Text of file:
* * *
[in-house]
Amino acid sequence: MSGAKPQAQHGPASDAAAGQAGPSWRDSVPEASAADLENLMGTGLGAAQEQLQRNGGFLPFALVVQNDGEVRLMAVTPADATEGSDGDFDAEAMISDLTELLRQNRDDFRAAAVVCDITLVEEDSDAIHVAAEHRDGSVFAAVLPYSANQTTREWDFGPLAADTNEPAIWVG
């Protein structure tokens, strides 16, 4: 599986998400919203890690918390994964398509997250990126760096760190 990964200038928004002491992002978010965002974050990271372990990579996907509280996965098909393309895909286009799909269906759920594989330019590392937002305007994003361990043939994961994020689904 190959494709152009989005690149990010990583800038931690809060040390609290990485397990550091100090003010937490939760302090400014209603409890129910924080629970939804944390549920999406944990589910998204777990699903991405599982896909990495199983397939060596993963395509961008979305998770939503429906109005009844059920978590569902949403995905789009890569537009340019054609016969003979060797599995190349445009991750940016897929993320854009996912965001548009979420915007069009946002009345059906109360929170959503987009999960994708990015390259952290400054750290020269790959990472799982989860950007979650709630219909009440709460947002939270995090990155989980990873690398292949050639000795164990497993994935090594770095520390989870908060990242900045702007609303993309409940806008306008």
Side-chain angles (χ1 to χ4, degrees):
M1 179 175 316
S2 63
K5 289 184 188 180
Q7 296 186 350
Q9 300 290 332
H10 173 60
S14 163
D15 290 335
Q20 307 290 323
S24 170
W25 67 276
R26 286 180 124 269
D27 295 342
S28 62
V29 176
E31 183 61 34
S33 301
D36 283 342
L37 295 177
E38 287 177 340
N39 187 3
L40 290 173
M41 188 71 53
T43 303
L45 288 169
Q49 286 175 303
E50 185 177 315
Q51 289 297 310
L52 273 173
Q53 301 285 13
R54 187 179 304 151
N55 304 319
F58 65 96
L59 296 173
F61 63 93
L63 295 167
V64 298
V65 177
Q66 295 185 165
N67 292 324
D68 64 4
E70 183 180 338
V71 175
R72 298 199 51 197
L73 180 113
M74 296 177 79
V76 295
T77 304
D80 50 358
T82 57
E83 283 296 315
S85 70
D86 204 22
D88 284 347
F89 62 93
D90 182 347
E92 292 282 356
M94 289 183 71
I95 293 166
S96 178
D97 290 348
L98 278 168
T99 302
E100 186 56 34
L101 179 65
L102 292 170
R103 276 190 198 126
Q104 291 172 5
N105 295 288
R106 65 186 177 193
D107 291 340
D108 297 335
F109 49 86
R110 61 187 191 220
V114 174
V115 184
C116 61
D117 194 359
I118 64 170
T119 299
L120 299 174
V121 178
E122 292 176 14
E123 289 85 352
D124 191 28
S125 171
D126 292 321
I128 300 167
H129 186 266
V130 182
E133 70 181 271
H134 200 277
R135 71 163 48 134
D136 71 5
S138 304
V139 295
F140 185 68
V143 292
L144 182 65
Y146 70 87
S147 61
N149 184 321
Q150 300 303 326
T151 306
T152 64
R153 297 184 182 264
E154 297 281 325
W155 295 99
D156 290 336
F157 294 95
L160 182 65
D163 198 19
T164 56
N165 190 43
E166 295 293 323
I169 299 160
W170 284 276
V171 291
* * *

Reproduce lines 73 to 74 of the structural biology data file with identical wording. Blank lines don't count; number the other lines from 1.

N105 295 288
R106 65 186 177 193